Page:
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King's Heath Library

A Grade II Listed Building in Moseley and Kings Heath, Birmingham

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Coordinates

Latitude: 52.4377 / 52°26'15"N

Longitude: -1.8931 / 1°53'35"W

OS Eastings: 407365

OS Northings: 282199

OS Grid: SP073821

Mapcode National: GBR 61S.X0

Mapcode Global: VH9Z3.4ZKM

Entry Name: King's Heath Library

Listing Date: 10 August 2010

Grade: II

Source: Historic England

Source ID: 1393913

English Heritage Legacy ID: 508121

Location: Birmingham, B14

County: Birmingham

Electoral Ward/Division: Moseley and Kings Heath

Built-Up Area: Birmingham

Traditional County: Worcestershire

Lieutenancy Area (Ceremonial County): West Midlands

Church of England Parish: Kings Heath

Church of England Diocese: Birmingham

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Listing Text


997/0/10532 HIGH STREET
10-AUG-10 King's Heath Library

II
A district library, part funded by Andrew Carnegie and built in 1905 to the designs of Arthur Gilbey Latham. The building is of red brick with a frontage onto the High Street of white Hollington stone and a slate and lead roof. It is single-storey with a reference room to the rear and reading room to the front.

EXTERIOR:
The east front to the High Street has paired Ionic pilasters to the right hand corner and at either side of the prominent portal at left. The pilasters have projecting blocks to their lower bodies and support an entablature with pulvinated frieze and deep cornice with runs across the front, above which is a parapet with balustrade. The three mullioned and transomed windows at right are of two lights with three lights to the central window. The portal has a round arch with lugs and triple keystone, above which is an open pediment, in which are the words 'PUBLIC / LIBRARY / ANNO 1905' in relief. The parapet rises up behind the pediment. To the left of this is the extension of 1982 in red brick laid in stretcher bond and with bands of soldier-coursed brick to the upper part of the wall and forming a coping. This has three symmetrical bays with a central arched doorway which is slightly recessed and porthole windows to either side. The north flank of the building has a projecting, canted bay window at right which has mullioned and transomed windows lighting the reading room and to left of this are sash windows with cambered heads. The canted rear (west) wall is blank.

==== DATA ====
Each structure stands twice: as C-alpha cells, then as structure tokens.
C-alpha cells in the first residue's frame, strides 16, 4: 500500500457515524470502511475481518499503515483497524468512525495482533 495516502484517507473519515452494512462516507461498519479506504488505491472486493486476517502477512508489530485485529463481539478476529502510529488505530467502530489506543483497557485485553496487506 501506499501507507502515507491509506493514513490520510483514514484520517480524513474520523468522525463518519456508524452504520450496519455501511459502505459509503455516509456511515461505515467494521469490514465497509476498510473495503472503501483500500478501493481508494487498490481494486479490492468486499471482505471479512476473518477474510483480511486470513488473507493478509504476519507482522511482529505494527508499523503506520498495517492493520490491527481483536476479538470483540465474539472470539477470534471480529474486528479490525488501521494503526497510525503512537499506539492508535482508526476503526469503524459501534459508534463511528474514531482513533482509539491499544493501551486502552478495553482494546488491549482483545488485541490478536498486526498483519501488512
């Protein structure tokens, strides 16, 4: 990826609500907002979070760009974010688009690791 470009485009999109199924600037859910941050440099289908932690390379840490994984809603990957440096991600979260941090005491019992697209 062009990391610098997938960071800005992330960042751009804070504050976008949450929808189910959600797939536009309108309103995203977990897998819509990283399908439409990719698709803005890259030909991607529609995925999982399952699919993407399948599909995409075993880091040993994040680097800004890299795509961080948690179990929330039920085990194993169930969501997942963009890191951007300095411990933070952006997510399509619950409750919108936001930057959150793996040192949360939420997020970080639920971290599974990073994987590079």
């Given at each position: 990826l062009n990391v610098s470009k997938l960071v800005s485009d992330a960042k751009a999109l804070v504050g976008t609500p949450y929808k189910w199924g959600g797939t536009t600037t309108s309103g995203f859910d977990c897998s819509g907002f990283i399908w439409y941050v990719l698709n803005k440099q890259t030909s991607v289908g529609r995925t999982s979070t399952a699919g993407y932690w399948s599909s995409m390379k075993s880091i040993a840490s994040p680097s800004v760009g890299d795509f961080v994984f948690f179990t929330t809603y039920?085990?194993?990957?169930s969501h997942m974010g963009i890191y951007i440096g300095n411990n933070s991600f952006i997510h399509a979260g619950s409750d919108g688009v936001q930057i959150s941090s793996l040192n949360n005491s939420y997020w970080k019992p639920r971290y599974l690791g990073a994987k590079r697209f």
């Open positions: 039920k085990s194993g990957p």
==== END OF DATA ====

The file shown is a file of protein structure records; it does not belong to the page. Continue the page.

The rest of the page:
INTERIOR:
The portal on the High Street front gives access to a lobby which is tiled with peacock blue tiles below a high dado line. The pair of iron gates has decorative panels with foliage motifs. To the west side are two pairs of doors with glazed porthole windows to their upper bodies. The barrel-vaulted ceiling is panelled. The entrance corridor along the south side of the interior is similarly tiled to its dado. The reading room has a panelled barrel vault with a central rectangular skylight and to either side of the eastern window bay, which also has a small-scale barrel vault, are Tuscan columns with pronounced entasis. Elsewhere, throughout the interior, columns and ceilings are panelled and arched doorways are lugged. The addition to the building of 1974 is of lesser interest than the portion dating from 1905.

HISTORY:
The library was built with a portion of the grant of £12,500 given by Dr Andrew Carnegie, to be used by King's Norton and Northfield UDC for the erection of free libraries and reading rooms. King's Heath was one of eight areas to receive a portion of the grant to the district and the library cost £3,368. Latham won the commission in open competition. The foundation stone was laid in August 1905 and the building appears to have been finished by the following year as it is described in the Birmingham Daily Mail (see SOURCES) as 'classic Renaissance style, as massive and bold in detail as the size of the building will allow.' The contractor was E Crowder and the decorative gates were made by Thomas Brawn of Birmingham. The library was acquired by the Birmingham City Council in 1911. In March 1974 the council bought the site of the Hope Chapel, immediately to the south, and built an extension housing a children's library to designs by Birmingham City Architects' Department (Philip Howl, project architect).

SOURCES:
Maureen Saffery, King's Heath Library, Birmingham Building History Project (2000).
Birmingham Daily Mail, 29 May 1906.

REASONS FOR DESIGNATION DECISION:
The Library, High Street, King's Heath, Birmingham is designated at Grade II for the following principal reasons:

* Architectural: The Building has an accomplished Baroque facade and a series of internal spaces which are well handled.
* Intactness: Allowing for evolving library practice, the building retains the essentials of its original layout and many of the details.
* Setting: Within its High Street setting the library gives a powerful impression of classical learning on a small scale.

This text is from the original listing, and may not necessarily reflect the current setting of the building.

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